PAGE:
All Joy and No Fun: Why Modern Parenting Is So Hard


In 2010, I was pregnant with my first child when New York magazine published a cover story by contributing editor Jennifer Senior titled, “All Joy and No Fun: Why Parents Hate Parenting.” In the story, Senior posited that there’s a huge difference between loving your children and loving the day-to-day grind of parenting, described as a “high-cost/low-reward activity.”

When I first read Senior’s story, I thought to myself, “C’mon! Surely it’s not that tough to be a parent.” But today, four years and two kids later, I cede her point. No matter how much you adore your offspring, it’s hard not to wonder, exhaustedly: “Why is this so dang hard? I don’t remember my own parents being this stressed.”

Senior’s story touched a nerve, and she turned it into a book by the same name, All Joy and No Fun, out today. I recently spoke with Senior about the history of childrearing, why modern parenting is so crazy, and why we all need to stop trying to prepare our kids for the future.


Courtesy of Ecco books

(Courtesy of Ecco books)

There’s a perception that parenting should be this life-enhancing, joyful experience; we literally refer to babies as “bundles of joy.” And then there’s a shock when it’s not all we’ve imagined. Why are we so attached to this notion of parenthood and happiness being intertwined?
Senior: Kids have this privileged place in our universe, and then it turns out that they’re very hard work. If you’re middle class and have a college education, then you’ve likely deferred childrearing for some time. You’ve had a long time to think about having a kid, and the kid becomes kind of a capstone to your life. Rather than owning a house, having a career, or getting married, having a kid is the end goal, almost like finding a husband in a Jane Austen novel.

Not to mention, with anything that requires the kind of gargantuan emotional and financial investment that children require, the stakes are raised. Research shows that if parents learn how much they’re spending on their kids (and the numbers are staggering), they will say they find raising children more meaningful than if they haven’t read those numbers. The more they’re aware of the investment, the more emotionally invested they are. They have to justify it to themselves.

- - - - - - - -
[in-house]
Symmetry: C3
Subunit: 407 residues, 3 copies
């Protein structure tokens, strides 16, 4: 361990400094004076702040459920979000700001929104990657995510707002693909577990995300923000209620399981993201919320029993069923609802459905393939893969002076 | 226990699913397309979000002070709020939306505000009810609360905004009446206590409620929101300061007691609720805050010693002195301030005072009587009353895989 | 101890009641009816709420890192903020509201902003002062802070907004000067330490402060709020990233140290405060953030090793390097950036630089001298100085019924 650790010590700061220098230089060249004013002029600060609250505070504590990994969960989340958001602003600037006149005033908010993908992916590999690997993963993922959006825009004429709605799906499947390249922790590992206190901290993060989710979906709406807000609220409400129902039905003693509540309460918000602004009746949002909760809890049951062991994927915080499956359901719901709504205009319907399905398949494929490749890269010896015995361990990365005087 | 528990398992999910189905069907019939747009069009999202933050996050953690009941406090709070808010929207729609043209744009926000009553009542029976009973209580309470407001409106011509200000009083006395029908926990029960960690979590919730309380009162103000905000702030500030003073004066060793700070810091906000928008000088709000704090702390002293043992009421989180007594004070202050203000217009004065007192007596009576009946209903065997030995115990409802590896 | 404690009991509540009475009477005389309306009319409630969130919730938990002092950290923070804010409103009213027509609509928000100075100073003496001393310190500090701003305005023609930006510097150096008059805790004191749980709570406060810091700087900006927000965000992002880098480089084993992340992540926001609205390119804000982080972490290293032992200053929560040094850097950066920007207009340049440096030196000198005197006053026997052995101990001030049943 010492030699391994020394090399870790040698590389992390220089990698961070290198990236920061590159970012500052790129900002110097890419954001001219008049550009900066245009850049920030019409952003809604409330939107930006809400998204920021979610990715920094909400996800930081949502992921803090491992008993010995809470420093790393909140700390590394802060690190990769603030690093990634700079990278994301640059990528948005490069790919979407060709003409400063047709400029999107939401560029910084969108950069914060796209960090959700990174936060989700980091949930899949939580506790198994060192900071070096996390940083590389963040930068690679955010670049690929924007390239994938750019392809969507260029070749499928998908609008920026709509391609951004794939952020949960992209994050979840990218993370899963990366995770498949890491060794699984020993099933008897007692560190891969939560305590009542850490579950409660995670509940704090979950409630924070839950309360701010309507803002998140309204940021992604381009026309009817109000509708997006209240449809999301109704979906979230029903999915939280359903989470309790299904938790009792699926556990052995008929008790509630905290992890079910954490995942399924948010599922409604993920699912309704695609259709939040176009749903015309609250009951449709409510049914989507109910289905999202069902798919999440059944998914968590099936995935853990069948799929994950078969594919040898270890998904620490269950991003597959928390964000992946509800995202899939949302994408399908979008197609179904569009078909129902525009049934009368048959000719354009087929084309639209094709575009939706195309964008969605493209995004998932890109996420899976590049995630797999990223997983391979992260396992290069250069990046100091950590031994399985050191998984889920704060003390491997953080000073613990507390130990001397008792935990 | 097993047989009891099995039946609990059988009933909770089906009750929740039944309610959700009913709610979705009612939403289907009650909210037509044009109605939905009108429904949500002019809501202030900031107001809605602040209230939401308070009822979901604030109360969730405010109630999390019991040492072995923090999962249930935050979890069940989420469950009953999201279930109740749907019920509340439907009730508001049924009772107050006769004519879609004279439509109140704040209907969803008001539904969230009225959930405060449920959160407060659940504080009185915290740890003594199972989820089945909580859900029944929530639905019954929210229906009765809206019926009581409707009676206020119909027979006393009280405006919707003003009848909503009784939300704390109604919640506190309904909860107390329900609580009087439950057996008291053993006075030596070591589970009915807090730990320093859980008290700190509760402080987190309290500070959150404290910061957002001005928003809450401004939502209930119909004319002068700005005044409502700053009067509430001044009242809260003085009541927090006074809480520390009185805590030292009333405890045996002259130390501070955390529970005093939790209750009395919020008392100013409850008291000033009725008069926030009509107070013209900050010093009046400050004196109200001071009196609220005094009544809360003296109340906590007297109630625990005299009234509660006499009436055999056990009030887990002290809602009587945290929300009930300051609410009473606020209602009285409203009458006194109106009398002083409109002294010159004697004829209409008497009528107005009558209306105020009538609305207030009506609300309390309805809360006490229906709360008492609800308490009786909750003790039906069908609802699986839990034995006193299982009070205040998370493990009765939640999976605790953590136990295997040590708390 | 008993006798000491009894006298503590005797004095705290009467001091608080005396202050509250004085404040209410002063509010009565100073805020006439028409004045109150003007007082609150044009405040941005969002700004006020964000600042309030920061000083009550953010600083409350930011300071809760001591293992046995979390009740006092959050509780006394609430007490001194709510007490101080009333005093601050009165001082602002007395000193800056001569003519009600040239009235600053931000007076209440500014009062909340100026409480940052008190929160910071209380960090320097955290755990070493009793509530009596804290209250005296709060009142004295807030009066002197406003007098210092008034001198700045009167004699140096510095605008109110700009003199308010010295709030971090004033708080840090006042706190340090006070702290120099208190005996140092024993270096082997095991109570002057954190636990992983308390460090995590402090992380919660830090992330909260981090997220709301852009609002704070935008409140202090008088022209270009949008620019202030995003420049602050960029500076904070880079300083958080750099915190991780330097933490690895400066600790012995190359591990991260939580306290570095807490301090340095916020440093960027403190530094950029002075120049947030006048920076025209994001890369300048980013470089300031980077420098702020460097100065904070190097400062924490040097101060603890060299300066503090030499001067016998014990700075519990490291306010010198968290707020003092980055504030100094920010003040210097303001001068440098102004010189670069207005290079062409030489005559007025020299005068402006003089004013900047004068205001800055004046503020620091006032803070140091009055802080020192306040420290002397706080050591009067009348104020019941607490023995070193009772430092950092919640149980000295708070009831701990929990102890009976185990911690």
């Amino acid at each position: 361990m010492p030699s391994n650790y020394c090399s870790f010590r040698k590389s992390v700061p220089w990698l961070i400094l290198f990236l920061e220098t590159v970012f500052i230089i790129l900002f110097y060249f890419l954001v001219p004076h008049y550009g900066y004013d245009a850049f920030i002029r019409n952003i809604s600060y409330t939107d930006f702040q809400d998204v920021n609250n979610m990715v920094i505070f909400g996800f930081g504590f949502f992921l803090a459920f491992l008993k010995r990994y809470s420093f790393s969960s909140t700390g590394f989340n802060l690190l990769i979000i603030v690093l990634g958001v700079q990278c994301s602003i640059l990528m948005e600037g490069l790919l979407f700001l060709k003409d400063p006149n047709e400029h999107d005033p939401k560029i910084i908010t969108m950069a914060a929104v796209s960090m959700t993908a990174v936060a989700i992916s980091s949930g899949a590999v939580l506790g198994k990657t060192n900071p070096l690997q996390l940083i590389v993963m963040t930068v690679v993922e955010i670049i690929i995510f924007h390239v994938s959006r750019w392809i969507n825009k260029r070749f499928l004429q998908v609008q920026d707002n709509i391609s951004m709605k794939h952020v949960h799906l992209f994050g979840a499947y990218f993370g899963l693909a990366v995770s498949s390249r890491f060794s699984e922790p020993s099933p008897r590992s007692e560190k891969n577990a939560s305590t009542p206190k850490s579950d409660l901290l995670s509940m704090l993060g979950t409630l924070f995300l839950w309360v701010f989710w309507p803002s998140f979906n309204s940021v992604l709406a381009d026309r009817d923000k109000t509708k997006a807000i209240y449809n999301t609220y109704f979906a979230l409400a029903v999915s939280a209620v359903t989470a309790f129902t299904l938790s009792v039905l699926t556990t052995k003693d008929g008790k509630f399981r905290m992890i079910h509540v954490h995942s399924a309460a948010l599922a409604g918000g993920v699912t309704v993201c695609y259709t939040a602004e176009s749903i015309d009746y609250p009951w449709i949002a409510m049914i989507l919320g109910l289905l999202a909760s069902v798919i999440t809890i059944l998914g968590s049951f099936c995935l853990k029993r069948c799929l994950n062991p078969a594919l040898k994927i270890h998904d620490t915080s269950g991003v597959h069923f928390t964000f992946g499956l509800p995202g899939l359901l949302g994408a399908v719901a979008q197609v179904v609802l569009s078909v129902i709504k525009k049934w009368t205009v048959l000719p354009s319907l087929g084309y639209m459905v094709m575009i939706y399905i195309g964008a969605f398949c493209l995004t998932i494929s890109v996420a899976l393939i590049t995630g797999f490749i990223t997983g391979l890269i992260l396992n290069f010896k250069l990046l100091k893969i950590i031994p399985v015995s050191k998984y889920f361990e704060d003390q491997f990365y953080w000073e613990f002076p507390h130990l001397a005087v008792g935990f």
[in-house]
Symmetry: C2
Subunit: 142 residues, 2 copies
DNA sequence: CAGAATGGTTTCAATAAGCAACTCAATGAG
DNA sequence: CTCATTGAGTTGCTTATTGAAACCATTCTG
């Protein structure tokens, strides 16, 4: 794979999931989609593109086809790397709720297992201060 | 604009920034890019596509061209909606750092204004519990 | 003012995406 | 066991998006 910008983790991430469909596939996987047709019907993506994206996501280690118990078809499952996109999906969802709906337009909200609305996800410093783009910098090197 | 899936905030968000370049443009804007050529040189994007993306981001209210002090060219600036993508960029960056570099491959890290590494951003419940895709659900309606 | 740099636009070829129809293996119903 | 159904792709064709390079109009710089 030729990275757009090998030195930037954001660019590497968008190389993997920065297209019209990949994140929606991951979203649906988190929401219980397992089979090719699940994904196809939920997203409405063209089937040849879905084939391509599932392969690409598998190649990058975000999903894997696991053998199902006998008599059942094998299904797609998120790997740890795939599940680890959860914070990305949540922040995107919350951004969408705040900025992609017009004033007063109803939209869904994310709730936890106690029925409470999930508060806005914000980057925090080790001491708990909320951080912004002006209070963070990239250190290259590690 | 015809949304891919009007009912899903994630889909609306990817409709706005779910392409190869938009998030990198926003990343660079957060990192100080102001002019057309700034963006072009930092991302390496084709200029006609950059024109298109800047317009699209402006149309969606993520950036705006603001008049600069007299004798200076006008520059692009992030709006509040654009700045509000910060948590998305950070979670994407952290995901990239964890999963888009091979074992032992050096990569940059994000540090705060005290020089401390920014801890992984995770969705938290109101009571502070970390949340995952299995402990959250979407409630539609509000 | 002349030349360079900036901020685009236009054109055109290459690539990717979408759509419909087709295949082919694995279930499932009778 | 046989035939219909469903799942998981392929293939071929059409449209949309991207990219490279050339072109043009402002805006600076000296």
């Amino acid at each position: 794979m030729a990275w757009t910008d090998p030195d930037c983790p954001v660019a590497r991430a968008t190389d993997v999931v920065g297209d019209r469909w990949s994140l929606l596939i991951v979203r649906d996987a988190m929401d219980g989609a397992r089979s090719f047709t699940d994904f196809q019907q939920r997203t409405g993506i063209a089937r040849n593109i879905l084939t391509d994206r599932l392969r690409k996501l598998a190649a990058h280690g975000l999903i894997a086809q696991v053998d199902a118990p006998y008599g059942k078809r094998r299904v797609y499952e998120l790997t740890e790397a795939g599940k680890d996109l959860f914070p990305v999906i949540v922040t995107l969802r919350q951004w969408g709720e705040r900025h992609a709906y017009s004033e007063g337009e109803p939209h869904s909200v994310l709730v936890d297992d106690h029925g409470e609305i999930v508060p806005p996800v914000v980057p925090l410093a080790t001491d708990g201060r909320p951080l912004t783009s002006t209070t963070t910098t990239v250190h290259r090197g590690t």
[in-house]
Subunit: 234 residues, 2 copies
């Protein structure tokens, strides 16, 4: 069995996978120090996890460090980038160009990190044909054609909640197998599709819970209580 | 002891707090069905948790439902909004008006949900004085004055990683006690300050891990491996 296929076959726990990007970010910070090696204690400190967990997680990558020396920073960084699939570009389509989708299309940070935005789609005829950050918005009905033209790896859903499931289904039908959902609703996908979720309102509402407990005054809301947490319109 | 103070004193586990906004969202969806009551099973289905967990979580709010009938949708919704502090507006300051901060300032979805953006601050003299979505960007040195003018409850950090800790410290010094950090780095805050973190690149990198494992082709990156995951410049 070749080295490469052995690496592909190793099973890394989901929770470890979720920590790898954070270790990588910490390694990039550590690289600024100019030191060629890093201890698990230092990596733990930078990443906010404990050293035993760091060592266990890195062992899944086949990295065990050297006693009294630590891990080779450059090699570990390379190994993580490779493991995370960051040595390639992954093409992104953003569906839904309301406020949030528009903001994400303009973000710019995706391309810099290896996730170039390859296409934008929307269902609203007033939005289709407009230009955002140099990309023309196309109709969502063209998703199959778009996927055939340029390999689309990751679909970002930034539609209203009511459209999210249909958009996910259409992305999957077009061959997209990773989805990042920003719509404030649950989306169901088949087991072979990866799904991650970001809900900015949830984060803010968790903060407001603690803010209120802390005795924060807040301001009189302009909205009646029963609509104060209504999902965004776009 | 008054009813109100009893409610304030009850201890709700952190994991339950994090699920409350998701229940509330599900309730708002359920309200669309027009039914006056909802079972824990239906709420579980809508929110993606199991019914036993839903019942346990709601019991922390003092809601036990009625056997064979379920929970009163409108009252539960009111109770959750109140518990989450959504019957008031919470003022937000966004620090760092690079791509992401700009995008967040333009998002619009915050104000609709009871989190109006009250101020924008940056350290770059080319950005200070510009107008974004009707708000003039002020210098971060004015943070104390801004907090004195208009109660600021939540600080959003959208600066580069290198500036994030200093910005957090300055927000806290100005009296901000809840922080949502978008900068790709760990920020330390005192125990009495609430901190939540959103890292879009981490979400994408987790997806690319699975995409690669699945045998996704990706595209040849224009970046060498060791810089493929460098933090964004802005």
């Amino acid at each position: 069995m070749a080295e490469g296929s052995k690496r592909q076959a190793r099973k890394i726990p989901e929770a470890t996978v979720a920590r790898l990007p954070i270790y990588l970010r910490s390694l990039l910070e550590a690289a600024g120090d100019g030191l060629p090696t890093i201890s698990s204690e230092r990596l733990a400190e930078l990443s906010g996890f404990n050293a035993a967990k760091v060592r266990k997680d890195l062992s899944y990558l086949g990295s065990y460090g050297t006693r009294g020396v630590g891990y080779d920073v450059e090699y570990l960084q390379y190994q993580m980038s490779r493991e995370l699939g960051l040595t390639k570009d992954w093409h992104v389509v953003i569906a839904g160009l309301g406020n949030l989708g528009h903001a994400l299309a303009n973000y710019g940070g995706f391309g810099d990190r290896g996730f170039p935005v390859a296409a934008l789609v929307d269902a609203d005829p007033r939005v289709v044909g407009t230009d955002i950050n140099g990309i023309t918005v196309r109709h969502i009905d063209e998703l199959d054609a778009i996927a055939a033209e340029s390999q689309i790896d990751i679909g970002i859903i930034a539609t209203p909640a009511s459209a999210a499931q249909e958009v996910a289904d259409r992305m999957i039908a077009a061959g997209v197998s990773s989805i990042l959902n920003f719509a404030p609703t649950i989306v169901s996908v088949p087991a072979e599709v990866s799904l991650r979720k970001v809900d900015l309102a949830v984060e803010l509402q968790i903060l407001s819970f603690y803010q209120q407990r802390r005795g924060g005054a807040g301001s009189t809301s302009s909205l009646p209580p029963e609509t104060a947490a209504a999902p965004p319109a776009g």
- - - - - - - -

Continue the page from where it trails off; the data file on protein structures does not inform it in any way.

Why does parenting seem “harder”—or at least more demanding of our time and energy—to today’s parents compared to earlier generations?
It is harder. Our parents did not spend as much time with us as we do with our children today. Mothers in the 1960s spent less time intensively playing with their children and engaging with them as we do now. And women were not in the workforce then in the numbers that they are today!

So what changed?
The word “parent” started becoming commonly used as a verb in the 1970s. It went from being something that one was to something that one did. Yet modern parenthood hasn’t been defined. Being a parent used to mean that you fed your kids, you sheltered them, and in exchange they worked for your family. You might have also grown their food, sewn their clothes, educated them.

Kids kind of just “were” and parents just “were.” You didn’t think about this relationship as something to nurture. And people weren’t as sentimental about their kids. People had a lot of kids, and a lot of them didn’t live until adulthood. You had kids so that they could be economically advantageous to you. Parents still loved their children, there weren’t so many expectations.

Then gradually, all the things parents did got outsourced. So what is there left to do? Well, we have to prepare them for the future. Okay: What does that mean? No one knows.